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Uneven diffraction spikes


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Hi all,

Now that I've fixed the 999,999,999,999 other problems I've had over the past year, I'm working on the next one. I keep noticing that the diffraction spikes on my stars tend to be longer along one axis than another - example attached. To my eye, the vertical spikes are longer than the horizontal ones. I've collimated the heck out of my 130PDS - even bought a Concenter to help with the secondary mirror and the out-of-focus star test yields concentric circles - so does anyone know what could be causing this? It's not a huge issue but it does sort of bug me.

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Thanks, Brendan

 

Edited by BrendanC
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Good point! I haven't really looked. I know of the 130PDS thread on this forum so I'll take a look. Totally prepared to believe it's just something that happens with this scope. I know it's a very minor issue but after the long, hard struggle to get this far, I'm now considering these ongoing cosmetic irritations.

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Nope, but that's another good idea. I could check the raw subs, and stretch them in Photoshop to see what's going on. My feeling is that they'll still be there, but I could check. All I've done is process in StarTools and Topaz DeNoise, so I don't see how they would have done this to the spikes.

Btw the 130PDS thread shows some shots with uneven spikes and some with, so I guess it's down to individual setups. I have a strong feeling it's because the secondary might be very slightly canted in one direction, so I guess I'll have to get the Concenter out and give that pesky secondary another go. I hate collimating. :(

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If you destroy the diffraction of two opposite vanes, you can figure out which need adjusting. Just wrapping something around two vanes should do the trick.

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  • 1 month later...

Maybe the answer to this turned up yesterday on a 130p-ds imaging post, and that was effectively a thin aperture mask that was used in the primary mirror to effectively cover the mirror clips. It reduces the defraction spikes to just 4 pretty much.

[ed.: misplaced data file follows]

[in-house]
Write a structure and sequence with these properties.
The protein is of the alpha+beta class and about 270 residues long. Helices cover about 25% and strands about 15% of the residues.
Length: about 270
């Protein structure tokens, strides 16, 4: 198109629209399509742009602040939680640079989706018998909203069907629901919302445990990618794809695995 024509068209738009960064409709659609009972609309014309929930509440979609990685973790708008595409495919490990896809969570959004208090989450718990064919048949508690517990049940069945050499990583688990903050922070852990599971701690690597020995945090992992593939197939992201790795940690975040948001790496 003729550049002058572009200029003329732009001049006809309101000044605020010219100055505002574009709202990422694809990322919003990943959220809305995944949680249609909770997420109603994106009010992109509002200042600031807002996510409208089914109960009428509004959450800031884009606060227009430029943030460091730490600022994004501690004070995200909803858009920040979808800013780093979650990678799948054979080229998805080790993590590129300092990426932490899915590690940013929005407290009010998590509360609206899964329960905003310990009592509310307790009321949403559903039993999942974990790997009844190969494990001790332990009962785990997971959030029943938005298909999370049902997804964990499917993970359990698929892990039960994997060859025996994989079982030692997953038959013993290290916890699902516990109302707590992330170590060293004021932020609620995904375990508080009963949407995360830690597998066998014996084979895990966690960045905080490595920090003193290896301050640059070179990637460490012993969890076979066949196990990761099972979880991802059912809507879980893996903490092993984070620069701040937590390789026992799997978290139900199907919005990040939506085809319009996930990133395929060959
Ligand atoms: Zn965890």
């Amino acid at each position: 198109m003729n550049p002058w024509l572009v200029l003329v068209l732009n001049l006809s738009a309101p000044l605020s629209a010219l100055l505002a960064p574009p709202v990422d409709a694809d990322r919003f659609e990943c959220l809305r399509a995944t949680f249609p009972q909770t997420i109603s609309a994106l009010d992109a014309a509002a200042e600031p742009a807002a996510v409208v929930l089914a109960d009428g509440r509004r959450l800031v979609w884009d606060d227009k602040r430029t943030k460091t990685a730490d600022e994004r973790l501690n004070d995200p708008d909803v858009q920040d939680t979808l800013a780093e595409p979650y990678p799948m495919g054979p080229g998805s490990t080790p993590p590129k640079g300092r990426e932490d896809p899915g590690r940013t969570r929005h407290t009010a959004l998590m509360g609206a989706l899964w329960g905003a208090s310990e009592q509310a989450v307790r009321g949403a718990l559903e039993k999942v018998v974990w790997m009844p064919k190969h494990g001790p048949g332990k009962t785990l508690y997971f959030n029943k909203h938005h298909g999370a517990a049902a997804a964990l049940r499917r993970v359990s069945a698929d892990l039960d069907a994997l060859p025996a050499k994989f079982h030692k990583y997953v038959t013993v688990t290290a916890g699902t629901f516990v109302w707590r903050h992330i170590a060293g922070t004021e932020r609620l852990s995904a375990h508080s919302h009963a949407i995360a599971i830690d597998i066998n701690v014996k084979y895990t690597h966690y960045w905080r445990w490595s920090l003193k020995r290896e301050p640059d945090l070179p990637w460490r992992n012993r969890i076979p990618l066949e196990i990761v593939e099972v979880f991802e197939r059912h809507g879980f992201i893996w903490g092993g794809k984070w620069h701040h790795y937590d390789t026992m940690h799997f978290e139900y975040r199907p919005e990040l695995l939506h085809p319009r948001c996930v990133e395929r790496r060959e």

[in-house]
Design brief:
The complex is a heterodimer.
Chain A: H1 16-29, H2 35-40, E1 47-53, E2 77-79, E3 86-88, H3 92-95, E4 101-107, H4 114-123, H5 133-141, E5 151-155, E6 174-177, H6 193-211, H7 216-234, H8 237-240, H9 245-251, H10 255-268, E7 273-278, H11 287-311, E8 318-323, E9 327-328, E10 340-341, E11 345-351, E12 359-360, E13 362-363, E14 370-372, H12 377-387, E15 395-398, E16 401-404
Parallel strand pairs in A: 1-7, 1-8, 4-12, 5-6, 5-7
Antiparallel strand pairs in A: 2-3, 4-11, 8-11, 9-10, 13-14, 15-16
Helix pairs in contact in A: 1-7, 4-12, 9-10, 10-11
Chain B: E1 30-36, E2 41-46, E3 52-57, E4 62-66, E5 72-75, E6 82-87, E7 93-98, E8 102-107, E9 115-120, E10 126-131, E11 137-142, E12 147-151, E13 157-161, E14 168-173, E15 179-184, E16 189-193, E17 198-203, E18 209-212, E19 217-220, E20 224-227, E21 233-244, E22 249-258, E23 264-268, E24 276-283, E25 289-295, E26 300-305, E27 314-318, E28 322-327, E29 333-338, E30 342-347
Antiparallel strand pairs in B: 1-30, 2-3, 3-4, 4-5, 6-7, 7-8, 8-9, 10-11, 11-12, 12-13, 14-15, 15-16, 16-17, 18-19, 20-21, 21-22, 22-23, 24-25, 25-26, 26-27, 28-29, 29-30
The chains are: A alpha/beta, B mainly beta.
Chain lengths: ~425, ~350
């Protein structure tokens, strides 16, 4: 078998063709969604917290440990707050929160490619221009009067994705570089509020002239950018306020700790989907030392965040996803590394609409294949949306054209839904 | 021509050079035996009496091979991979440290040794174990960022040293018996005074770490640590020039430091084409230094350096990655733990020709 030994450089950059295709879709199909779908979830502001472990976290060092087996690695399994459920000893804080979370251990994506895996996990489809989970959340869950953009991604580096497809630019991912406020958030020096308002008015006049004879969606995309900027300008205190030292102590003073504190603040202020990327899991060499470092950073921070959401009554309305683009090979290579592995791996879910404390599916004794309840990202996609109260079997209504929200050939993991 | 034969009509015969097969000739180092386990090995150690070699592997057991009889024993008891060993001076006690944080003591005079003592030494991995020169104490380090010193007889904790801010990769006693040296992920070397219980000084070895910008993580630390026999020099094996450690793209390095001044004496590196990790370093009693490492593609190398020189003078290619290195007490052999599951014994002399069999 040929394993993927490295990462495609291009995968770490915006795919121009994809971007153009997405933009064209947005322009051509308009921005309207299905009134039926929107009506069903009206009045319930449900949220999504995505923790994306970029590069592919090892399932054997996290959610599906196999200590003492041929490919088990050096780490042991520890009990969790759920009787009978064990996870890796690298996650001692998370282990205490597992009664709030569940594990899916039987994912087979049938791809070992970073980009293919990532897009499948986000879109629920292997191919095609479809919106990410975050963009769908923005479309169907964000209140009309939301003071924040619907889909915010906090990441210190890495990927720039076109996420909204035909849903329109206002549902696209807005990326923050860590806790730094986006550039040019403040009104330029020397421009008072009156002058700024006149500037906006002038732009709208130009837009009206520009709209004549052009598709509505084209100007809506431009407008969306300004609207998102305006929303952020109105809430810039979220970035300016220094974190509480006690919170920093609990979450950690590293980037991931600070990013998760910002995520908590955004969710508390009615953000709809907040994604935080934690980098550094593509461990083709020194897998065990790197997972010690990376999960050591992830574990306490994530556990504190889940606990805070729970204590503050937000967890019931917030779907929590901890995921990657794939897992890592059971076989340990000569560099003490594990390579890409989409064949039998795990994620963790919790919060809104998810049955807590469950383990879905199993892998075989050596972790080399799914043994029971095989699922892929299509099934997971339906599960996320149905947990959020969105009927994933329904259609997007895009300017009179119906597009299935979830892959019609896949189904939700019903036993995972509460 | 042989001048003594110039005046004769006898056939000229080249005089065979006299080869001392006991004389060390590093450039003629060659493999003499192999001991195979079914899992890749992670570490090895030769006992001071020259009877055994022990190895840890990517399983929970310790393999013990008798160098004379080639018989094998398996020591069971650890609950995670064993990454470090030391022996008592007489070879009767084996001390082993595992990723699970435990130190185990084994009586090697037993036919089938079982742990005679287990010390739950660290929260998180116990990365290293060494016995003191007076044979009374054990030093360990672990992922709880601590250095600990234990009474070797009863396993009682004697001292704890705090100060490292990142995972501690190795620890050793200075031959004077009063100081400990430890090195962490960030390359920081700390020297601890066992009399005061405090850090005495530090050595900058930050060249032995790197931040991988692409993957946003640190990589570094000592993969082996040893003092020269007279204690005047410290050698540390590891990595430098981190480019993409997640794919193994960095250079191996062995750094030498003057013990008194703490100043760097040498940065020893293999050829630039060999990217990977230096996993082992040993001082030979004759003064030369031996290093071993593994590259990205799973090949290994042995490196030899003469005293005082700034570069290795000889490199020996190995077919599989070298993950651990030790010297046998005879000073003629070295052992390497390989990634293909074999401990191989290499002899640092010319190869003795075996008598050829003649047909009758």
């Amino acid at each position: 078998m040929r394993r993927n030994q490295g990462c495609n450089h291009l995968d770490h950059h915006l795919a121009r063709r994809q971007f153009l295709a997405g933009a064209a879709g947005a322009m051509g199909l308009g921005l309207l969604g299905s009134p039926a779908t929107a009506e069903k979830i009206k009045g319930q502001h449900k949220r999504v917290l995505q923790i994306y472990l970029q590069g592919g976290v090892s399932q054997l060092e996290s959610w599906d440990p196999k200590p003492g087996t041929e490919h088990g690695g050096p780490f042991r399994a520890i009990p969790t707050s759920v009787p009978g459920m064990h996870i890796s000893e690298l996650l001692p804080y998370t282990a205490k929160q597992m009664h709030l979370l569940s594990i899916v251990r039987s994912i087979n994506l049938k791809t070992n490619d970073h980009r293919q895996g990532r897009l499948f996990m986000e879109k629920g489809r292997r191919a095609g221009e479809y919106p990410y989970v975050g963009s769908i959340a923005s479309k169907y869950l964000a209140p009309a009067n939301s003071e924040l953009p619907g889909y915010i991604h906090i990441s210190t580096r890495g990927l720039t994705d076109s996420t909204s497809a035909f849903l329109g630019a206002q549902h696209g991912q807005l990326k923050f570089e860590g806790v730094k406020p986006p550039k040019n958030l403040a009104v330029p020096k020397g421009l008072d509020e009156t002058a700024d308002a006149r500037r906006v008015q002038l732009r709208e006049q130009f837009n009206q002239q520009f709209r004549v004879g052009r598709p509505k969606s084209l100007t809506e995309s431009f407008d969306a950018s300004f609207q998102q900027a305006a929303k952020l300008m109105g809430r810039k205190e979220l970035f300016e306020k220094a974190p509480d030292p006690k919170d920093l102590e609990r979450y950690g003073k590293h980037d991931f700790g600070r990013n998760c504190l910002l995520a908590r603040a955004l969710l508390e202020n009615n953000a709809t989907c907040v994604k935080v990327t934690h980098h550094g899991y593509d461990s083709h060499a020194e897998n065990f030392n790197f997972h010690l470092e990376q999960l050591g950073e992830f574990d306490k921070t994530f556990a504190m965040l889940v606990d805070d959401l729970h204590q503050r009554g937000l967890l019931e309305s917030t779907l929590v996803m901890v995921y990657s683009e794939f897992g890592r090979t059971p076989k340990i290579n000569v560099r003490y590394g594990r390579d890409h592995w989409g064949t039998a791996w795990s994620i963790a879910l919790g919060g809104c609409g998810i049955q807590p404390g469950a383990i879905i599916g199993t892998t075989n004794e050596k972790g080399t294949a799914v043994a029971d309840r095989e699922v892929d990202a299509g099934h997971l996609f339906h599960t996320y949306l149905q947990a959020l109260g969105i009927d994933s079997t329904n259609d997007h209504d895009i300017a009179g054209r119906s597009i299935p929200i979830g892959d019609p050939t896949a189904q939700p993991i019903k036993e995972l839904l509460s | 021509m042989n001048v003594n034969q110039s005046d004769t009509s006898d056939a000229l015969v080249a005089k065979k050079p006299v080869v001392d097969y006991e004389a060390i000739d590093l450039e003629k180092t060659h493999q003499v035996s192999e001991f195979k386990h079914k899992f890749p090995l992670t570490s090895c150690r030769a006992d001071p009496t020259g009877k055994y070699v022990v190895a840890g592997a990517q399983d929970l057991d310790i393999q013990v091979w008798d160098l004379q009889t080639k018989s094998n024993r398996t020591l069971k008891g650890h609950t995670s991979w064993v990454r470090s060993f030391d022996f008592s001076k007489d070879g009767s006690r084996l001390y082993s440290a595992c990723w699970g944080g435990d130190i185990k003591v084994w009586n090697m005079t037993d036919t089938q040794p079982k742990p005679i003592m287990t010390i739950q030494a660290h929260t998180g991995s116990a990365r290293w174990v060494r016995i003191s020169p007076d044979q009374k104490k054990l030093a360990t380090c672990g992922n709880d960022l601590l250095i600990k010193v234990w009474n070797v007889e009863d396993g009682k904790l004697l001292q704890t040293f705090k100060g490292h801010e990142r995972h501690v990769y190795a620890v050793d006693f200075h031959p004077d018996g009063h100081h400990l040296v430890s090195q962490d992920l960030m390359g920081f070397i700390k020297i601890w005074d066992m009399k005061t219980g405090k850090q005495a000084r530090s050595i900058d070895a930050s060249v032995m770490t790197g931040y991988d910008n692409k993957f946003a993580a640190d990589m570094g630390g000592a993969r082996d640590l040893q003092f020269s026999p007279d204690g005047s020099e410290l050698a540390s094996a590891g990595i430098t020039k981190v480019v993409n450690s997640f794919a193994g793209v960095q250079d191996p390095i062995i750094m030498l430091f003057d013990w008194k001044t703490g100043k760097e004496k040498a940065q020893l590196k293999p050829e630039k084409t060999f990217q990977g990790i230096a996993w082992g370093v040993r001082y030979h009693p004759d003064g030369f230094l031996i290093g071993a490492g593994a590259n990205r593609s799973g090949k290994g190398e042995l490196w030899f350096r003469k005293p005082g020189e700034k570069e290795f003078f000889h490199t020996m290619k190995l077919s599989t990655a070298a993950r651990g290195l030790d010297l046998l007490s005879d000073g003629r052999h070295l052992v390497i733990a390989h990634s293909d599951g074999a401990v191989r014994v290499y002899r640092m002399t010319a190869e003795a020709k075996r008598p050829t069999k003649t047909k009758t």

Took ages to find this thread to share but can't now find the other thread with the details that were posted.

Edited by happy-kat
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This can happen for two reasons:

1. one spider vane being longer than the other (here different vanes means different direction, so as "vertical" one would be considered both sides of secondary for example).

2. one spider vane being thicker than other - it does not need to be mechanically thicker - it can be optically thicker - like slanted with respect to incoming light

 

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@happy-kat I know what you mean about that 130PDS thread, I was looking for it too yesterday. Anyway, I have actually fitted a primary mirror baffle and it has improved my stars.

@vlaiv I'm fairly sure the vanes are the same length and thickness. I think that, at the end of the day, the 130PDS isn't the last word in quality so I've decided it's really not a problem and that I can live with it. :)

 

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1 minute ago, BrendanC said:

I'm fairly sure the vanes are the same length and thickness.

I'm also sure that is the case, however - they can present uneven "profile thickness" to incoming light if they are rotated a bit:

image.png.6054edaeb3ea4318a37ec7ffaac79327.png

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Interesting - I've had twisted vanes before but was able to get ointment for it I thought I'd fixed it, so I'll check again.

Still, I've decided it's not a real problem. Thanks anyway! :)

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On 19/07/2021 at 13:45, BrendanC said:

Hi all,

Now that I've fixed the 999,999,999,999 other problems I've had over the past year, I'm working on the next one. I keep noticing that the diffraction spikes on my stars tend to be longer along one axis than another - example attached. To my eye, the vertical spikes are longer than the horizontal ones. I've collimated the heck out of my 130PDS - even bought a Concenter to help with the secondary mirror and the out-of-focus star test yields concentric circles - so does anyone know what could be causing this? It's not a huge issue but it does sort of bug me.

Autosave-DeNoiseAI-low-light.thumb.jpg.3256aade0ef70644ddb94c7a9d82969f.jpg

Thanks, Brendan

 

You cant do much about it its because one of the two spider vane pairs is partially blocked by the focus tube and hence less diffraction will take place. Also the secondary is offset so wider in one plane than the other again blocking a portion of the spider.  Have you cut your focus tube down??

Edited by Adam J
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Interesting, never really thought it could be because of that, but it does make sense. I haven't chopped the focus tube, but I do know that's one of the fixes. I've got half a mind to invest in a TS optics non-reducing coma corrector which might help. Thanks for the suggestion! 

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